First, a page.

There are lots of tools there to help us find what is interesting… but that’s frequently defined as what’s being linked to a lot. But when we do that we get into mob behaviour. We find something on the net, but we don’t know anything more than what we’ve seen. So we amplify what is happening without really it being important or relevant to us.

We should stop doing that. People will not stop reading a blog because I haven’t linked to popular things. In fact, if I stop for 2 weeks, it doesn’t matter. RSS feeds mean that people will stay, they can see when you start writing again. We should blog less about things that suck. What I get mad about when I see what’s happening in my part of the blogosphere – so many people spend so much time commenting on things that we don’t like, or things that suck.

There is so much stuff that sucks, everyone could easily write a list of 100 things that suck, but a blog entry is not going to change it. We should focus on what’s really important to us, what’s positive, what can make a difference. Don’t waste time on criticising politics or business or user-interfacces on a new gadget. We shouldn’t talk about he things that are irrelevant to our own actions.

Also need to be aware of the consequences of what we do, particularly the economic consequences. At this conference, you’ll meet a lot of people who are inventing new tools or processes. We are innovating. This is important for companies because they are hiring us and paying us. But we need to be aware of the repercussions of what we do. We need to think carefully about where we are going to put our new inventions. In the end it will all be freely available, but we are the ones who decide who gets it first, we shape the first behaviour, we help the first users make use of the tools. And by making this decision of how we use the tools, if we are not giving it to some people we can stop development, and by giving it to others we can speed development, so we need to think about where we apply these tools.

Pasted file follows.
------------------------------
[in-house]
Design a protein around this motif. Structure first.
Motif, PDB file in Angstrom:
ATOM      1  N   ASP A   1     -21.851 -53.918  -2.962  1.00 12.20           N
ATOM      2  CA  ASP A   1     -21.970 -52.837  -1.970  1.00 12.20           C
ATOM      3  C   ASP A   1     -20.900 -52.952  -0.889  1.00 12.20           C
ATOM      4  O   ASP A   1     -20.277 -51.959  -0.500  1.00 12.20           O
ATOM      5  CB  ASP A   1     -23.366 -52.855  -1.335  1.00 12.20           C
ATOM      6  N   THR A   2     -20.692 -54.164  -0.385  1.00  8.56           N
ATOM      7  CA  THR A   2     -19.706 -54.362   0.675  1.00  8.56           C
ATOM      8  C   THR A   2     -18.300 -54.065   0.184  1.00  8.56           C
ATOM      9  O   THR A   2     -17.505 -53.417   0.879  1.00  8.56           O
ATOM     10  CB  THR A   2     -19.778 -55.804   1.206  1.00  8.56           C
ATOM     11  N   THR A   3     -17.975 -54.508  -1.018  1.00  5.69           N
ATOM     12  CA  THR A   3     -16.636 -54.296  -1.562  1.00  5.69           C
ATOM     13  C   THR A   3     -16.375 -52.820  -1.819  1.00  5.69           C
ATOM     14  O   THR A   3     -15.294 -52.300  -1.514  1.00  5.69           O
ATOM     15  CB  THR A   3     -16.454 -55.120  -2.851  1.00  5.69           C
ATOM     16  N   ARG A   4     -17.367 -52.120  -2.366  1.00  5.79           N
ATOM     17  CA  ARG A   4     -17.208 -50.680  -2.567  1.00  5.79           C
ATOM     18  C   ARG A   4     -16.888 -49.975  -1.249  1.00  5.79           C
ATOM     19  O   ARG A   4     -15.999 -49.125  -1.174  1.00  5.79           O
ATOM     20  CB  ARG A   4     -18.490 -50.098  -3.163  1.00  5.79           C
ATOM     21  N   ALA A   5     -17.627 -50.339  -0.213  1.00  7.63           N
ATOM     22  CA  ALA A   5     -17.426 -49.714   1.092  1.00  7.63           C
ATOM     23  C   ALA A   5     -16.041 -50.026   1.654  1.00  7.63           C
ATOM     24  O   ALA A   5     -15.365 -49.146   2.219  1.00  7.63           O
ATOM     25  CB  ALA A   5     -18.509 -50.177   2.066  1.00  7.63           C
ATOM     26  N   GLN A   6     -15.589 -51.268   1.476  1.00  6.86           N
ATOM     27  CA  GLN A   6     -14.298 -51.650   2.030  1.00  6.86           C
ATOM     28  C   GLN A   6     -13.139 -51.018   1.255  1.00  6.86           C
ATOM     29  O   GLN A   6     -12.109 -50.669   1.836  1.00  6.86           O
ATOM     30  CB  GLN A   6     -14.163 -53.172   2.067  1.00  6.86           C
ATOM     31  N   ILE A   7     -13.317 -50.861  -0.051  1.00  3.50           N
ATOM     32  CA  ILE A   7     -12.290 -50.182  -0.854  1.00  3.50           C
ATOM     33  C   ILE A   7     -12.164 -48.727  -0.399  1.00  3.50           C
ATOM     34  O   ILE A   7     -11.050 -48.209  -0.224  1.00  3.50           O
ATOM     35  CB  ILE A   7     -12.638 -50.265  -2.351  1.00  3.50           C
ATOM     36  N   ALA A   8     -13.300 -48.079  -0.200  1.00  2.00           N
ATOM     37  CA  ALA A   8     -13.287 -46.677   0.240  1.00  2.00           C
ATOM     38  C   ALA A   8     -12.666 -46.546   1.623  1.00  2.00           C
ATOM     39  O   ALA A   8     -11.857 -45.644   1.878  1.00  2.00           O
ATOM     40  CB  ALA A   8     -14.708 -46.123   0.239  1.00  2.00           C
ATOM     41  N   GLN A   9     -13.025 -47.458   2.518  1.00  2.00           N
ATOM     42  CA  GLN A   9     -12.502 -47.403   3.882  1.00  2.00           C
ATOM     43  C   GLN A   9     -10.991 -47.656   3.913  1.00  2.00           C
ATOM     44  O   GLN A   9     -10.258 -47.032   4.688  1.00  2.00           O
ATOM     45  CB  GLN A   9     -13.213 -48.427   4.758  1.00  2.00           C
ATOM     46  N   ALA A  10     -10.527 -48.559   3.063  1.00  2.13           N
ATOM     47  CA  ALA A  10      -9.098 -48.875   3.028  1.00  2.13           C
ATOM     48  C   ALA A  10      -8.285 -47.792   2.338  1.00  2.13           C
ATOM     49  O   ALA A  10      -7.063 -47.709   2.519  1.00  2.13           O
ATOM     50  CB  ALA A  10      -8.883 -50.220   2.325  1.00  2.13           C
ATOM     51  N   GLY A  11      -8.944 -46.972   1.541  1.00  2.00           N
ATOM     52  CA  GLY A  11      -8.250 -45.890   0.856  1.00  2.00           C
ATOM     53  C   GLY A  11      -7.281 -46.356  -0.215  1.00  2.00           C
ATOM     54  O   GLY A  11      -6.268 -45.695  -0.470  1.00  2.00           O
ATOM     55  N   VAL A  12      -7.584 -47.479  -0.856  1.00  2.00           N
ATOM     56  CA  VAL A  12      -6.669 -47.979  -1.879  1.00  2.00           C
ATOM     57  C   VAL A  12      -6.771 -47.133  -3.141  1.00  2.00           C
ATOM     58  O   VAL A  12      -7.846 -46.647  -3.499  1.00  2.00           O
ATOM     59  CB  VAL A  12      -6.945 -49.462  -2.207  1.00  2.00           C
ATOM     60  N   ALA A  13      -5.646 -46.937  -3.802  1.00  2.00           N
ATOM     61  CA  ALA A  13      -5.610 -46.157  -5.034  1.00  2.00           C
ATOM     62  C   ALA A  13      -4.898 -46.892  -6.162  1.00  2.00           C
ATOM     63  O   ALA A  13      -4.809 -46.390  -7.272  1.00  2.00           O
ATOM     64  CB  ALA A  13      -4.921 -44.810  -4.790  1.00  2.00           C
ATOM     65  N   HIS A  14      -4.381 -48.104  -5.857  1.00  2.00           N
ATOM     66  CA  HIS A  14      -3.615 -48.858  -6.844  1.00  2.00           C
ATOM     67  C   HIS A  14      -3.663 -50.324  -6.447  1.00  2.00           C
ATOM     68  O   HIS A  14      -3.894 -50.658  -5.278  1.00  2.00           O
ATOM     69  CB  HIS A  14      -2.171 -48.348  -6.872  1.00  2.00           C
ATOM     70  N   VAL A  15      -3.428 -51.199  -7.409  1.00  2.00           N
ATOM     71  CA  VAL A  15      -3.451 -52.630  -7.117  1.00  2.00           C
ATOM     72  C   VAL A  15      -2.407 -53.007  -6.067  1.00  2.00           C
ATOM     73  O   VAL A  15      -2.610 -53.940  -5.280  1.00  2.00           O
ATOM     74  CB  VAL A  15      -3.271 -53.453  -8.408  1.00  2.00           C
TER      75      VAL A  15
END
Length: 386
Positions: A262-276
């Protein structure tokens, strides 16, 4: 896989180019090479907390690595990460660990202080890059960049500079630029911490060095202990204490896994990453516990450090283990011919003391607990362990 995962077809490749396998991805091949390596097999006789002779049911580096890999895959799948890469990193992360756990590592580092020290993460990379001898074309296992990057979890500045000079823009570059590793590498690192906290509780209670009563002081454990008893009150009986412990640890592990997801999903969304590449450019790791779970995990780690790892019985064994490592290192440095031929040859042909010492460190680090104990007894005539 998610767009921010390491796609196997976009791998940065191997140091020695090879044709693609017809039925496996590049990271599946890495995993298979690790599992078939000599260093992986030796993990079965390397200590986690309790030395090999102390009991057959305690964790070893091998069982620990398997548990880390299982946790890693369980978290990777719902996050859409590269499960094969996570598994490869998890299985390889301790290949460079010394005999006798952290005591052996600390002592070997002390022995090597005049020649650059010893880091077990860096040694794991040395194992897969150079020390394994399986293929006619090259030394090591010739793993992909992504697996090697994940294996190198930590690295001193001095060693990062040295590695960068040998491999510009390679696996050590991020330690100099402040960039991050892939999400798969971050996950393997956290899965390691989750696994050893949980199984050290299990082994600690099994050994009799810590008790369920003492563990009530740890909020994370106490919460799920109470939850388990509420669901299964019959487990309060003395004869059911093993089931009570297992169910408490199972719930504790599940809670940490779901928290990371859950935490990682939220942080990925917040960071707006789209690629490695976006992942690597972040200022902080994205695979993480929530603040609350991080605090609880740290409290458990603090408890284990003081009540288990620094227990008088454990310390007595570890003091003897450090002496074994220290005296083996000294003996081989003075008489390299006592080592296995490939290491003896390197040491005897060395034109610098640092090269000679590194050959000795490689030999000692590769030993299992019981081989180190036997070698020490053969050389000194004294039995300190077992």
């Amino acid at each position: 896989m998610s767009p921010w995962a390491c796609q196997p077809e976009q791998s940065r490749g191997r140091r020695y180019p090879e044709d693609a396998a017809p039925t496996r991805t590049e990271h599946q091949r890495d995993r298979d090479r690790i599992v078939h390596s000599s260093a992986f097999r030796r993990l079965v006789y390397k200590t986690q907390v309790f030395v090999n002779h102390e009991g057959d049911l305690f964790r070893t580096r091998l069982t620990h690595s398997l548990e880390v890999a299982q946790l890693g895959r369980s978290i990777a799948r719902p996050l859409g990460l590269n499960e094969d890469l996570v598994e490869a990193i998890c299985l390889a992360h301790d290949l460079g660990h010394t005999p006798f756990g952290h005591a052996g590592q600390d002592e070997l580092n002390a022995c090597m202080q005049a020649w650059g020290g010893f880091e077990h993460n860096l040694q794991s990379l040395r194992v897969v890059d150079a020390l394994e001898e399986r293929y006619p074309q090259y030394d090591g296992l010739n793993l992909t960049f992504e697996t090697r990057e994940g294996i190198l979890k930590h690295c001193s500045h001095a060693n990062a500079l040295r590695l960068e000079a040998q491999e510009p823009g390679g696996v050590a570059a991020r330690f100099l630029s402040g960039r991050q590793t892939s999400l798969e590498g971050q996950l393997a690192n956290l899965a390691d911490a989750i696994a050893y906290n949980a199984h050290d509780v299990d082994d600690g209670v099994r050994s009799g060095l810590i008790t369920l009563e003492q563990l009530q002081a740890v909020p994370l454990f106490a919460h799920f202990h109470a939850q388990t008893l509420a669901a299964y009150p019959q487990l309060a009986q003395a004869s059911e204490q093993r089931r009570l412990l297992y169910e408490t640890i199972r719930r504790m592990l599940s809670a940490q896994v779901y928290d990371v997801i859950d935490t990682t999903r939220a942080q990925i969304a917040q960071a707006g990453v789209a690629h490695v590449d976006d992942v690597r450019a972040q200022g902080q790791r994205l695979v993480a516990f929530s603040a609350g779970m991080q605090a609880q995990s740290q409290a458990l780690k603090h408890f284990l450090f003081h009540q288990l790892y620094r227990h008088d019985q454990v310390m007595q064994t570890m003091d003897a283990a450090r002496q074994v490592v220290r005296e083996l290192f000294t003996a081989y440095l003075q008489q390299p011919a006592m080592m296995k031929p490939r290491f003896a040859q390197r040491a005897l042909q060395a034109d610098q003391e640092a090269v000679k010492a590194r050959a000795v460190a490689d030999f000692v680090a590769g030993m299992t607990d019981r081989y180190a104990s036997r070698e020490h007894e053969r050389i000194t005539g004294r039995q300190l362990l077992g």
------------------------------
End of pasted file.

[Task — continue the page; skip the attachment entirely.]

We have a duty too to share what we know and what we are developing. Not enough to just talk amongst ourselves, to show the demo to other geeks, but they can find it themselves anyway. If we really believe in what we do and we think that it’s important we need to go out and show it to people who don’t know yet. Most people don’t care about what we do because they don’t know about what we do.

You won’t find them on Google or Skype or IM, but our duty is to go out there and find people to share with. But we are developing stuff for us, not for people who are not at our conferences. We can work effectively but other people don’t, and some people are getting left behind and we should show what we do to other people and let them participate in this new world that we are creating.

I believe we are not using the tools we have developed effectively today. Much of the time we use our computers we are recreating other tools we already have, or engaging in the same behaviours. We need to think more about why we are doing what we do. We shouldn’t confuse the browser with reality. We should be mindful when we communicate with others through the electronic medium. Too often we misunderstand others because we’re not aware of our own state of mind when we are interfacing with the system. We need to co-exist with everyone.

Also need to be careful who we work for, whose money we take. If we aren’t more careful, we’ll just be the generation that made things faster. But if we do, not only can we get more things done, have better communication, but we can also shape a world in which more people can live together peacefully.